Bank stocks fall, pulling U.S. indexes further from record highs

Bank stocks fall, pulling U.S. indexes further from record highs
A Wall Street sign near the New York Stock Exchange. (Jin Lee / Associated Press)

U.S. stocks finished lower Monday for the second time in the last three trading days. Banks gave back some of their recent gains after a jump in interest rates last week sent them sharply higher.

Mining and chemical companies declined after China cut its economic growth forecast, and airlines slumped after Delta said its business isn't improving as fast as it hoped. There were few winners to be found on Wall Street: More than two-thirds of the stocks on the New York Stock Exchange fell. That included consistent losses for banks, investment firms and insurance companies.


The Standard & Poor's 500 index fell 7.81 points, or 0.3%, to 2,375.31. The Dow Jones industrial average lost 51.37 points, or 0.2%, to 20,954.34. The Nasdaq composite lost 21.58 points, or 0.4%, to 5,849.17. The Russell 2000 index of smaller-company stocks sank 9.88 points, or 0.7%, to 1,384.25.

All four indexes reached all-time highs last week, and the S&P 500 and Nasdaq have risen for six weeks in a row. That's on top of a big surge in November and December. Those rapid gains the last few months have prompted some analysts to turn cautious.

"We think there's a reasonable chance at the end of the year we'll be a little bit lower than we are right now," said Scott Wren, senior global equity strategist at Wells Fargo Investment Institute.

Over the weekend, Premier Li Keqiang, China's top economic official, trimmed the country's growth target to 6.5%. The Chinese economy is the second-largest in the world, and the prospect of slower growth there hurt mining, packaging and chemical companies and sent the price of copper lower.

But investors weren't nearly as alarmed about the latest signs of slowing growth in China as they were in the past. Stocks plunged in early 2016 as investors worried the Chinese economy might weaken in a hurry and drag the global economy down with it. Wren said Wall Street now thinks growth in China will slow gradually.

"The market's pretty comfortable with this controlled slowdown," he said. "A lot of that sell-off was due to the fear that Chinese growth was basically going to collapse," he said.

Delta Air Lines fell 2.6% to $48.85 after it gave a disappointing revenue projection for the second quarter. United and American Airlines each fell 3%.

Poultry companies slumped after a bird flu outbreak was discovered at a Tennessee farm. The affected farm is a supplier to Tyson Foods, and while Tyson said it doesn't expect its business to suffer, the news brought back bad memories for investors: In 2015, U.S. poultry producers lost 48 million birds to a different strain of the virus.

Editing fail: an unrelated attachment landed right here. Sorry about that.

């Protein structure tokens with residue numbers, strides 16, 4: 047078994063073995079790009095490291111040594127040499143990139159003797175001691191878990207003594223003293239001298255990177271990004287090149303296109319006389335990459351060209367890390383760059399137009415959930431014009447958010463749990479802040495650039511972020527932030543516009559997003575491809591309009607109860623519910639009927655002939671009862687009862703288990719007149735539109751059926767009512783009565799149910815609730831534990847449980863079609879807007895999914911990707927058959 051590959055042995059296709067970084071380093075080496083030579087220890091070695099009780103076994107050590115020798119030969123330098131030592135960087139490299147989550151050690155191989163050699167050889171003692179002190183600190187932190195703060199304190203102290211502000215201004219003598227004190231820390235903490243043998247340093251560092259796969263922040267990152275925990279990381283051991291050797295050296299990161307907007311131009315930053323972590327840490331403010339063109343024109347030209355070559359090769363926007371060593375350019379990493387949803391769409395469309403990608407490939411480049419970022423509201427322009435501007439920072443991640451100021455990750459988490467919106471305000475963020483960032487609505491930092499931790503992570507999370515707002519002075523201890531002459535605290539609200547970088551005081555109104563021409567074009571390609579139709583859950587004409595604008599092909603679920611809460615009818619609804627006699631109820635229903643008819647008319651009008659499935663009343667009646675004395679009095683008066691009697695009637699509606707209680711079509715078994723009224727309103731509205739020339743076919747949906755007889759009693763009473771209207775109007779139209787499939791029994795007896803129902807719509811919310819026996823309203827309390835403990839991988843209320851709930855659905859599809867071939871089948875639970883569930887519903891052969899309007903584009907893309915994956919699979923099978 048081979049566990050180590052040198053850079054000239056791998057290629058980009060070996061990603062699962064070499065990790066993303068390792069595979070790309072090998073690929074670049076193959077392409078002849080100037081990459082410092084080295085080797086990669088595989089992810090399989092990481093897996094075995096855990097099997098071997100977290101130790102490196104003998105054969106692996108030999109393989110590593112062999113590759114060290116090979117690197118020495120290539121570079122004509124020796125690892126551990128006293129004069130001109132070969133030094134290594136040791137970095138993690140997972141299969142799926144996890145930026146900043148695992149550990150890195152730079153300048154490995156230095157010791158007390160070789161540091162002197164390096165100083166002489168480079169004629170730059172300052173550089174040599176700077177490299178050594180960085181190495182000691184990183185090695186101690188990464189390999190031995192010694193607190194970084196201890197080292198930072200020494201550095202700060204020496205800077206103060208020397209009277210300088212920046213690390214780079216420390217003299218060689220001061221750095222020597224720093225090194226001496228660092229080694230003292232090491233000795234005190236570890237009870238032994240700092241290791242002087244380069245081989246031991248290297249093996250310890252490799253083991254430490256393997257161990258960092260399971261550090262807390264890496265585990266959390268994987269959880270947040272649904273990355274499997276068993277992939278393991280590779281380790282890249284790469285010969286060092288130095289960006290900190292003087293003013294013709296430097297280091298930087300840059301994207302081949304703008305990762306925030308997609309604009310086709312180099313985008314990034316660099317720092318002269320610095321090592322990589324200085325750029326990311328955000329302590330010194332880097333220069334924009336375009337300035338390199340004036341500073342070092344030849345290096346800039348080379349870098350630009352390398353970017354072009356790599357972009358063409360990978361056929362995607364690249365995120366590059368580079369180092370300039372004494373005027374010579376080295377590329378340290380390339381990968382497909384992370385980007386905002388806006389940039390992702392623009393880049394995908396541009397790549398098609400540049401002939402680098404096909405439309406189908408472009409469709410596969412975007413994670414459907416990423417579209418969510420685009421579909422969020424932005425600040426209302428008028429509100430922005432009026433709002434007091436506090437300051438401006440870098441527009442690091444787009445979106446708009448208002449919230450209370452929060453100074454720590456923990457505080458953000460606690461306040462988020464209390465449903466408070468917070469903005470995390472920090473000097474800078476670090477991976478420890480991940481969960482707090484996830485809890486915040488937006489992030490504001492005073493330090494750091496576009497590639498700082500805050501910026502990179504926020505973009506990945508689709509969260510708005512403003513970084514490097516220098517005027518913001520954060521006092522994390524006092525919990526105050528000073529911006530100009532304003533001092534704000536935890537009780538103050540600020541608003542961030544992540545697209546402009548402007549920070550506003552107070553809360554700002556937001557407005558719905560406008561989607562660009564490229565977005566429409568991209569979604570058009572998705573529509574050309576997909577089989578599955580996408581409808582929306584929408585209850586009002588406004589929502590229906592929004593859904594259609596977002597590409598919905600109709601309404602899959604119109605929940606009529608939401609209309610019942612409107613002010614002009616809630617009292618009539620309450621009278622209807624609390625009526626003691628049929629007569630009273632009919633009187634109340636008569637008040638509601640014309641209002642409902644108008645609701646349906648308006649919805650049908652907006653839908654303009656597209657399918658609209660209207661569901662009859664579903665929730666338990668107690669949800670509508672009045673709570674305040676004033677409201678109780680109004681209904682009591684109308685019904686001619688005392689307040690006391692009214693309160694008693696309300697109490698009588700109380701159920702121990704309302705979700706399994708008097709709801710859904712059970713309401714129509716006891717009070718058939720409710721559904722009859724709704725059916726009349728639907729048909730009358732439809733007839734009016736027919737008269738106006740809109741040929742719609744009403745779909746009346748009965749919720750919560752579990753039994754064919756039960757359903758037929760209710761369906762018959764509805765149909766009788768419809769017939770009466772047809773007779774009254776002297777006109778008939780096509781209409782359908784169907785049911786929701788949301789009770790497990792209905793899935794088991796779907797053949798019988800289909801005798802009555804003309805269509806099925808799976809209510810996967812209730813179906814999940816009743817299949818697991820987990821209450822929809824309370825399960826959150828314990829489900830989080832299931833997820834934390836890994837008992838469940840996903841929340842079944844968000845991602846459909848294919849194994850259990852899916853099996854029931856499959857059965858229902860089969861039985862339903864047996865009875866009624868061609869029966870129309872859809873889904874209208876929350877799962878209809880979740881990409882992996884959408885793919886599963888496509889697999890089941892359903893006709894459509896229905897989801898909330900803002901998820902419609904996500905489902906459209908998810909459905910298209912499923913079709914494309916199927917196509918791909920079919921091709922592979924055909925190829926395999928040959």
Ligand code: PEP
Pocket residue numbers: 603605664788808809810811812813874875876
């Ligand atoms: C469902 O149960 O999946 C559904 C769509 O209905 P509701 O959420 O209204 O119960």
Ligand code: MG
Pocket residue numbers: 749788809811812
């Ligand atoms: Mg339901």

Tyson shares fell 2.5% to $61.99. Sanderson Farms fell 2% to $92.53, and Pilgrim's Pride declined 1.2% to $20.70.

French automaker PSA Group agreed to buy General Motors' European business, which has lost $20 billion since 1999 and hasn't made an annual profit over that span. Investors were glad to see it go: GM's stock jumped almost 5% when the talks were disclosed last month. But on Monday, the shares fell 32 cents to $37.91. PSA makes Peugeot and Citroen cars, and the addition of the Opel and Vauxhall brands will make it the second-largest automaker in Europe. Its stock rose 2.7%.

Nant Health dived 23.3% to $5.50 after an article in the publication Stat said the company's founder — Dr. Patrick Soon-Shiong, who is a major shareholder in the Los Angeles Times' parent company, Tronc — gave a big charitable donation in a way that steered most of the money back to Nant and enabled Nant to report inflated numbers to investors.

Snap sank 12.3% to $23.77, for the first time falling below the $24 price at which it made its stock market debut Thursday. The maker of the Snapchat app is still well above its $17 IPO price.

GoPro slid 7.9% to $8.14 after Goldman Sachs downgraded the action video camera company stock's rating to "sell."

Bond prices continued to slip. The yield on the 10-year Treasury note rose to 2.49% from 2.48%. Bond yields jumped last week as investors grew more certain the Federal Reserve would raise interest rates this month.


Companies that pay big dividends, such as real estate investment trusts, fell again. Those stocks are often compared with bonds because of their high yields, and higher bond yields make them less appealing to investors.

Benchmark U.S. crude fell 13 cents to $53.20 a barrel. Brent crude, used to price international oils, rose 11 cents to $56.01 a barrel. Natural gas companies rose as futures jumped 2.6% to $2.90 per 1,000 cubic feet.

In other energy trading, wholesale gasoline rose 2 cents to $1.67 a gallon and heating oil rose 1 cent to $1.60 a gallon.

Gold fell $1 to $1,225.50 an ounce. Silver rose 3 cents to $17.77 an ounce. Copper fell 4 cents to $2.65 a pound.

The dollar fell to 113.92 yen from 114.05 yen. The euro fell to $1.0588 from $1.0605.

In Germany the DAX fell 0.6%. France's CAC 40 slipped 0.5% and the FTSE 100 in Britain shed 0.3%. Japan's Nikkei 225 stock index fell 0.5% and the South Korean Kospi gained 0.1%. Hong Kong's Hang Seng index added 0.2%.



5:05 p.m.: This article was updated with information about Nant Health.

4:05 p.m.: This article was updated with closing prices, context and analyst comments.

This article was originally published at 7:50 a.m.